Yesterday, Congresswoman Deb Haaland and Senator Elizabeth Warren introduced the DIGITAL Reservations Act, a bill which ends the current Federal Communications Commission (FCC) practice of selling wireless spectrum rights on the lands of Indian Tribes and Native Hawaiian organizations and grants ownership, management, and governance of all spectrum to those groups in perpetuity. The bill also calls for the creation of an FCC fund to support broadband efforts, an advisory team to provide regulatory and technical assistance, and a data collection program to support future connectivity efforts in those communities. It represents a dramatic new approach to addressing the digital divide in Tribal communities, which remain among the least well-connected of all across the United States today.
Breaking Down the Bill
The Deploying the Internet by Guaranteeing Indian Tribes Autonomy over Licensing on Reservations Act [pdf] offers significant investment in a multi-pronged approach. It’s driven by twin impulses. From the bill:
To date, the [Federal Communications] Commission has failed to implement nationwide spectrum opportunities or uniform licensing for Indian Tribes and Native Hawaiian organizations to make spectrum available over their Tribal lands or account for the unmet needs of native Nations in compliance with the Federal trust responsibility.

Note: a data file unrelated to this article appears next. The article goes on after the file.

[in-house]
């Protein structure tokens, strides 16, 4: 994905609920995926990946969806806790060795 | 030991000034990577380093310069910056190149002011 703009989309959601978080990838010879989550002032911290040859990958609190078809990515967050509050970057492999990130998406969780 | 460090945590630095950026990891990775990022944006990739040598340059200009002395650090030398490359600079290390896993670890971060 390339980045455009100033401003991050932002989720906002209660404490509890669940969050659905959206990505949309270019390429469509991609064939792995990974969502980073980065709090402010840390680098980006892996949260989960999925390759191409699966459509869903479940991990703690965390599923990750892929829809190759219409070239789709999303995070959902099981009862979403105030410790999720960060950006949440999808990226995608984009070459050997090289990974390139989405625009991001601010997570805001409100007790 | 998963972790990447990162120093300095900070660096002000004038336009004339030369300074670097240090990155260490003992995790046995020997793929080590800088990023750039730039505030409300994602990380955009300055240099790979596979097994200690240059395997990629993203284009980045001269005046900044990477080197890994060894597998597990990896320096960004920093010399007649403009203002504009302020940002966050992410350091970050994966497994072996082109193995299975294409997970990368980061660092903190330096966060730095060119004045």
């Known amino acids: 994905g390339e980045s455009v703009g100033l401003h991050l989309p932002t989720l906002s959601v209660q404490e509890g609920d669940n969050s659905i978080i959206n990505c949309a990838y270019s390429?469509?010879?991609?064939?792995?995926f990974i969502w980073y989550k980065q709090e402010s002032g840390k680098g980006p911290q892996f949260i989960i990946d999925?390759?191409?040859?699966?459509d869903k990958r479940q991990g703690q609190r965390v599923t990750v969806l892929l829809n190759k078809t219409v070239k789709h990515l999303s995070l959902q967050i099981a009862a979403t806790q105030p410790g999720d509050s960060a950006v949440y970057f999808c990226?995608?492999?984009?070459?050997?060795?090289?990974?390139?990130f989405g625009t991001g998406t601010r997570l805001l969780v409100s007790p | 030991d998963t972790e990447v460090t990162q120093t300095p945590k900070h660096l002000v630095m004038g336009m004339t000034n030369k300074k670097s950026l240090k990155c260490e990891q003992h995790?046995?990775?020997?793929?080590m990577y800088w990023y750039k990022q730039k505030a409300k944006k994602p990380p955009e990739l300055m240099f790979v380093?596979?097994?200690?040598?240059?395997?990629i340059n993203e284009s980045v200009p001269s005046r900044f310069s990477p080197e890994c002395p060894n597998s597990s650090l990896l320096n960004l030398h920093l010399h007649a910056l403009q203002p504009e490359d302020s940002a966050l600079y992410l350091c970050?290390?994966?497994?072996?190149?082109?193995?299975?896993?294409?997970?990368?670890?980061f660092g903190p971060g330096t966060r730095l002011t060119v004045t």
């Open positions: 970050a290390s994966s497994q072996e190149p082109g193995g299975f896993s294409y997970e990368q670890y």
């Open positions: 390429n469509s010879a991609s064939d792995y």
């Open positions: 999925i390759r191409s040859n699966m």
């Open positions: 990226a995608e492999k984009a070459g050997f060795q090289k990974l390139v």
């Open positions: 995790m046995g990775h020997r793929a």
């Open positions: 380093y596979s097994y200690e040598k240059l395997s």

The Commission’s actions parallel failed Federal Reservation Era policy that divided Indian land holdings and created systemic barriers to Indian Tribes’ economic development and legal jurisdictional complications on Tribal lands that continue to disadvantage Tribal communities today.
The bill takes significant steps in outlining the new ownership framework. If enacted, it eliminates future spectrum auctions over Tribal and Native Hawaiian lands. To address existing partnerships with Internet Service Providers (ISPs), the bill also provides a process to ensure that existing third-party licensees “build or divest” their networks currently in use over these territories.
In addition, the bill directs the FCC to establish a Tribal Broadband Fund much like the existing Rural Digital Opportunity Fund, paid for through the spectrum auctions it already administers in addition to the universal service access fees it collects. It notes that just three-quarters of one percent of FCC funds awarded were spent on Tribal broadband projects from 2010-2017.
It also creates an FCC Office of Native Affairs and Policy (ONAP) to assist Tribes and Native Hawaiian organizations in meeting technical standards to develop wireless networks and the supporting fiber infrastructure, and assist in getting access to the freed-up spectrum over their lands.
Finally, the bill directs the FCC to collect data and submit an annual report to Congress on broadband access and connectivity efforts for these groups in order to continue expansion efforts moving forward.
Rectifying Failed Policy and Systemic Barriers
Over fifty groups have already signed on as supporters, included a dozen Tribal nations and organizations like the Institute for Local Self-Reliance, Public Knowledge, the ACLU of New Mexico, and the National Indian Health Board.